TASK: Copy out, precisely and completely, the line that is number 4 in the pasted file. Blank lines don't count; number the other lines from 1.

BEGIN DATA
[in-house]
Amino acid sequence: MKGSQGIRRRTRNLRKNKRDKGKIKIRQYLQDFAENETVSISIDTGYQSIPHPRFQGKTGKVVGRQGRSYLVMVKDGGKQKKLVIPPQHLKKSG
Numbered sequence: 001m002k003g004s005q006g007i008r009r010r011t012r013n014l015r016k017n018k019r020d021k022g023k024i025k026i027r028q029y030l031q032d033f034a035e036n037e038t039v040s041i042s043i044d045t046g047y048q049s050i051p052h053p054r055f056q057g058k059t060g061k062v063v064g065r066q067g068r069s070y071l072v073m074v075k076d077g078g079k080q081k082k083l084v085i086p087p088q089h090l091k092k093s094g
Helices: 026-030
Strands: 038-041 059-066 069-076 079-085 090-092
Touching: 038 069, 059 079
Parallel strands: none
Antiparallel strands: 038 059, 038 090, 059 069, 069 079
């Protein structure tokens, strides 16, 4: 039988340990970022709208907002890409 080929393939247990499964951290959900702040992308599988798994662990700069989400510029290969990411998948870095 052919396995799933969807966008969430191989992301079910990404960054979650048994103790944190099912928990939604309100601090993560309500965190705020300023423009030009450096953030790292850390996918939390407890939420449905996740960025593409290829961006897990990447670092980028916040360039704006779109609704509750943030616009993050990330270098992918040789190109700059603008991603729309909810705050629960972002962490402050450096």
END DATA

Helices: 026-030